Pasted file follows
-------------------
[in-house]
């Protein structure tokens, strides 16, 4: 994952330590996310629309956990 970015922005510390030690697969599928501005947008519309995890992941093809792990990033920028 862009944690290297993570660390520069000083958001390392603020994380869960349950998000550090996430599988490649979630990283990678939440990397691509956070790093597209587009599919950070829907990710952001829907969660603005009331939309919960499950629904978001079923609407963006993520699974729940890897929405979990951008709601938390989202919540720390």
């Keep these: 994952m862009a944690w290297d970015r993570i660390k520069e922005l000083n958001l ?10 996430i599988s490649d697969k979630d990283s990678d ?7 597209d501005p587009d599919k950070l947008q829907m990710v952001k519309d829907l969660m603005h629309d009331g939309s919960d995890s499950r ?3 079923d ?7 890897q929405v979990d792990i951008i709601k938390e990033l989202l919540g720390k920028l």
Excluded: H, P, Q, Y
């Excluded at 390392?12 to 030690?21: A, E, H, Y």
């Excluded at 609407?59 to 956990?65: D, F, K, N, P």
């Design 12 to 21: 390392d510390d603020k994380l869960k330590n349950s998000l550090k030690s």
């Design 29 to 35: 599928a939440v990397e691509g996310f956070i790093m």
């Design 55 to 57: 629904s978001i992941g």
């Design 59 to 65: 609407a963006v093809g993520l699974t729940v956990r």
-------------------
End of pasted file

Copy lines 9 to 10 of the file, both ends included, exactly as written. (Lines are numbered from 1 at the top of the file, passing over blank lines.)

């Design 55 to 57: 629904s978001i992941g």
């Design 59 to 65: 609407a963006v093809g993520l699974t729940v956990r």